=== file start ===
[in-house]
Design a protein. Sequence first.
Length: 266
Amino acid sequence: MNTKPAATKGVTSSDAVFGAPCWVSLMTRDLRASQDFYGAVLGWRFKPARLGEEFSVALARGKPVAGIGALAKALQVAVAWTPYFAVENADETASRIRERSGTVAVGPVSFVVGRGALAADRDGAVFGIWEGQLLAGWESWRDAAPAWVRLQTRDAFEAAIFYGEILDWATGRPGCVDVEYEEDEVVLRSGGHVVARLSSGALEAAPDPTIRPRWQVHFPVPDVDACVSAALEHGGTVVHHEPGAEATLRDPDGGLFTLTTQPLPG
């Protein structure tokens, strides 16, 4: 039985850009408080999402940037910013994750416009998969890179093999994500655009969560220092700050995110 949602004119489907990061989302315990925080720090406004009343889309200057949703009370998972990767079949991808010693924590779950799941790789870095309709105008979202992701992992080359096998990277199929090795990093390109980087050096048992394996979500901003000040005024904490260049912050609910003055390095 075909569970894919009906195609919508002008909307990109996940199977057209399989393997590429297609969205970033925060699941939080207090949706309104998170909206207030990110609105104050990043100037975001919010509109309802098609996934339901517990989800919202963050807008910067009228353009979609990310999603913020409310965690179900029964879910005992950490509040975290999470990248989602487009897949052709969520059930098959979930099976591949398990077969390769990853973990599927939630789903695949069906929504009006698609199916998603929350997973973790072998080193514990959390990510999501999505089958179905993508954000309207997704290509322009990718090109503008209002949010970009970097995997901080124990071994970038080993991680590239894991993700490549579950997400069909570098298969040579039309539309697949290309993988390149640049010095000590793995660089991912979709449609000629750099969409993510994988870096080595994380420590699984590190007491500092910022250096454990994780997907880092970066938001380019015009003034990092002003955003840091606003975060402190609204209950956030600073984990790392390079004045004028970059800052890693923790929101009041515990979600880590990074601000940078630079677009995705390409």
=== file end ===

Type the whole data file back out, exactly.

[in-house]
Design a protein. Sequence first.
Length: 266
Amino acid sequence: MNTKPAATKGVTSSDAVFGAPCWVSLMTRDLRASQDFYGAVLGWRFKPARLGEEFSVALARGKPVAGIGALAKALQVAVAWTPYFAVENADETASRIRERSGTVAVGPVSFVVGRGALAADRDGAVFGIWEGQLLAGWESWRDAAPAWVRLQTRDAFEAAIFYGEILDWATGRPGCVDVEYEEDEVVLRSGGHVVARLSSGALEAAPDPTIRPRWQVHFPVPDVDACVSAALEHGGTVVHHEPGAEATLRDPDGGLFTLTTQPLPG
């Protein structure tokens, strides 16, 4: 039985850009408080999402940037910013994750416009998969890179093999994500655009969560220092700050995110 949602004119489907990061989302315990925080720090406004009343889309200057949703009370998972990767079949991808010693924590779950799941790789870095309709105008979202992701992992080359096998990277199929090795990093390109980087050096048992394996979500901003000040005024904490260049912050609910003055390095 075909569970894919009906195609919508002008909307990109996940199977057209399989393997590429297609969205970033925060699941939080207090949706309104998170909206207030990110609105104050990043100037975001919010509109309802098609996934339901517990989800919202963050807008910067009228353009979609990310999603913020409310965690179900029964879910005992950490509040975290999470990248989602487009897949052709969520059930098959979930099976591949398990077969390769990853973990599927939630789903695949069906929504009006698609199916998603929350997973973790072998080193514990959390990510999501999505089958179905993508954000309207997704290509322009990718090109503008209002949010970009970097995997901080124990071994970038080993991680590239894991993700490549579950997400069909570098298969040579039309539309697949290309993988390149640049010095000590793995660089991912979709449609000629750099969409993510994988870096080595994380420590699984590190007491500092910022250096454990994780997907880092970066938001380019015009003034990092002003955003840091606003975060402190609204209950956030600073984990790392390079004045004028970059800052890693923790929101009041515990979600880590990074601000940078630079677009995705390409």